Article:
Mr Johnson has sought to tread a delicate diplomatic path – joining with French and German allies in calling for a ‘de-escalation’ in the region.
At the same time, he is anxious to maintain good relations with the Trump administration ahead of talks with the US on a post-Brexit trade deal.
Mr Raab is due to fly to Washington later this week to meet Secretary of State Mike Pompeo after he criticised the lack of support by the Europeans – including the UK – for the US action.
The Foreign Secretary echoed Mr Johnson in saying the UK would not ‘lament’ the passing of Gen Soleimani who he described as a ‘regional threat’.
Key figure: The letter from the Marine general in charge of coalition forces fighting ISIS and training the Iraqi army comes after the drone strike which killed Iran’s Qassem Soleimani, its most senior commander who the U.S. designated a terrorist
Donald Trump has warned the US is ready to strike back in a ‘disproportionate’ manner if the Iranians hit US targets
However he also warned that a threat by Mr Trump to target Iranian cultural sites would be a breach of international law.
‘We have been very clear that cultural sites are protected under international law and we would expect that to be respected,’ he said.
Meanwhile US defence secretary Mark Esper was forced to deny the US was about to withdraw its troops from Iraq where the strike on Gen Soleimani took place.
A leaked letter from a US Marine Corps commander said that in ‘due deference to the sovereignty of the Republic of Iraq’, the coalition would be ‘re-positioning forces over the coming days and weeks to prepare for onward movement’.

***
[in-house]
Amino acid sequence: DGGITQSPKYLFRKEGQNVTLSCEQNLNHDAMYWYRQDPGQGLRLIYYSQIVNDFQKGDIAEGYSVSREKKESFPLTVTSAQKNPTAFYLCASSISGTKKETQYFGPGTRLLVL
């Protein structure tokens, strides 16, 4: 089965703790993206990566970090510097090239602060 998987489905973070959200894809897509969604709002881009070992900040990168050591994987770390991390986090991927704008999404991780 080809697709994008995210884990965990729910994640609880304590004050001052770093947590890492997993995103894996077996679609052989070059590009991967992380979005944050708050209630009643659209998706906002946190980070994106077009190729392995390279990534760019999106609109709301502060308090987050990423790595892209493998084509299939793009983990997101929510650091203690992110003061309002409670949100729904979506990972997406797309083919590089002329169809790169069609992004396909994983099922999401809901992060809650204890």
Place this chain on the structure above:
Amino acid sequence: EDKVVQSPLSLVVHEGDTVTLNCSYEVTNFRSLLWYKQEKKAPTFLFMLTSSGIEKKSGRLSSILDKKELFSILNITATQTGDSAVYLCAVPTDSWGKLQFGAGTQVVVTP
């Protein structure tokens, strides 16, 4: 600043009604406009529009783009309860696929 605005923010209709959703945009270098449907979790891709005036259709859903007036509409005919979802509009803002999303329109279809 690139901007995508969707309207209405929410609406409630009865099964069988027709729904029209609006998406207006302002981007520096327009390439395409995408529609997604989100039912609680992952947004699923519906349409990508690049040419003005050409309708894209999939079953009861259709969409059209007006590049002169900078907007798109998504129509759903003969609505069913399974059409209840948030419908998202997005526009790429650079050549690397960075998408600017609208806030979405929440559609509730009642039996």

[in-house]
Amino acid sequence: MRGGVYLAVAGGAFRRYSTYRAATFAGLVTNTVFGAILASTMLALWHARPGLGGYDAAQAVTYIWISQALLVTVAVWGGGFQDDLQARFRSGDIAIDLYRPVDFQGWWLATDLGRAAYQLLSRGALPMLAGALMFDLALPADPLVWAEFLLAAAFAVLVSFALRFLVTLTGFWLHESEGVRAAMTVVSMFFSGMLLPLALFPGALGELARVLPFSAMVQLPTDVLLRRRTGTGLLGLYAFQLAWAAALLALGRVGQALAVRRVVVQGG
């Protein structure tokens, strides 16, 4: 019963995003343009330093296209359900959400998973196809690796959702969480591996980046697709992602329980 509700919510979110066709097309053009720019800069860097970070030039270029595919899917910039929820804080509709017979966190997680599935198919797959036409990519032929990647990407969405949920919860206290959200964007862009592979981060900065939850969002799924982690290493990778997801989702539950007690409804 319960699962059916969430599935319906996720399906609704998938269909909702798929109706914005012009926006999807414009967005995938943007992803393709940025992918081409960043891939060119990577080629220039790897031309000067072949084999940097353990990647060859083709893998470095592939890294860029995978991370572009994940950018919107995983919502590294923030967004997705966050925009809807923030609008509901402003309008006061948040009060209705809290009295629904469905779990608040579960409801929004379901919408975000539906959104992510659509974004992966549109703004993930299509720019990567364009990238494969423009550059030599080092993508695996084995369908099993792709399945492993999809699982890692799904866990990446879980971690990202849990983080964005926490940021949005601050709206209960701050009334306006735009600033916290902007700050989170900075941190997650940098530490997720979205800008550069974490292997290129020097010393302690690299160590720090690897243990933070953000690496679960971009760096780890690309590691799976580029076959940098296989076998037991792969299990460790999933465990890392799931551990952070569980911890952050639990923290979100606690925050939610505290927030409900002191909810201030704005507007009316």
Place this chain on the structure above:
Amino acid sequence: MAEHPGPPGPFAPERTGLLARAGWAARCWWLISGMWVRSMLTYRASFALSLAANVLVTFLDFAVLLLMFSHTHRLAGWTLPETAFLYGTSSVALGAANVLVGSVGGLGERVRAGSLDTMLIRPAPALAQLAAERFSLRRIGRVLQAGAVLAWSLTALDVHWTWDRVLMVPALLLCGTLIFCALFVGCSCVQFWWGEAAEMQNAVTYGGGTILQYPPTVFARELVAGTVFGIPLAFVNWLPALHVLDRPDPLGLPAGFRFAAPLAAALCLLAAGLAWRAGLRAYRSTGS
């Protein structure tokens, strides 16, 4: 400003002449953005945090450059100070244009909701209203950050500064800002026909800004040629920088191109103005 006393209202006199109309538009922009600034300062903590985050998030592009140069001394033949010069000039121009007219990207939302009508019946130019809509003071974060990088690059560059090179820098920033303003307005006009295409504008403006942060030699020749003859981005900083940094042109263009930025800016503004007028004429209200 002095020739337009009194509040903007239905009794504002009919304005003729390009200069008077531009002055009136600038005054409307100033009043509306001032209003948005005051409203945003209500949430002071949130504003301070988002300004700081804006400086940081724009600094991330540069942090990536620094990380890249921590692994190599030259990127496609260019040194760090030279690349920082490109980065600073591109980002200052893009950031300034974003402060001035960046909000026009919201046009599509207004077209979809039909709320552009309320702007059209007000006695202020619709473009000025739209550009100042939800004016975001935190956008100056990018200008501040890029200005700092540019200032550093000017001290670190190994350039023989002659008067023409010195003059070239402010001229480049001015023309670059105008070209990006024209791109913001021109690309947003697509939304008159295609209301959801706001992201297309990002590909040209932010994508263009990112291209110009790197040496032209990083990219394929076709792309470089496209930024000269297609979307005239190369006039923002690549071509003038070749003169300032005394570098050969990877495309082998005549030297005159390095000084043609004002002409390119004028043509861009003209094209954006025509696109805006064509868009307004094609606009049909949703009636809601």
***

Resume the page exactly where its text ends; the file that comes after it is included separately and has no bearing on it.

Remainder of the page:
It added: ‘We respect your sovereign decision to order our departure.’
It followed a vote in the Iraqi parliament on Sunday, backed by prime minister Adel Abdul-Mahdi, calling for the withdrawal of all foreign troops including British forces.
The Pentagon said the letter, addressed to the Iraqi defence ministry had been a ‘poorly worded’ draft which should never have been released.
Mr Esper told reporters in Washington: ‘There’s been no decision whatsoever to leave Iraq. There’s no decision to leave, nor did we issue any plans to leave or prepare to leave.’
Mr Johnson emphasised the need to maintain a coalition presence in Iraq against Islamic State when he spoke by telephone to Mr Abdul-Mahdi yesterday.
Around 400 UK troops are stationed in Iraq in the fight against IS, while the US has 5,200, prompting fears of a withdrawal that could cripple the battle against the terror group.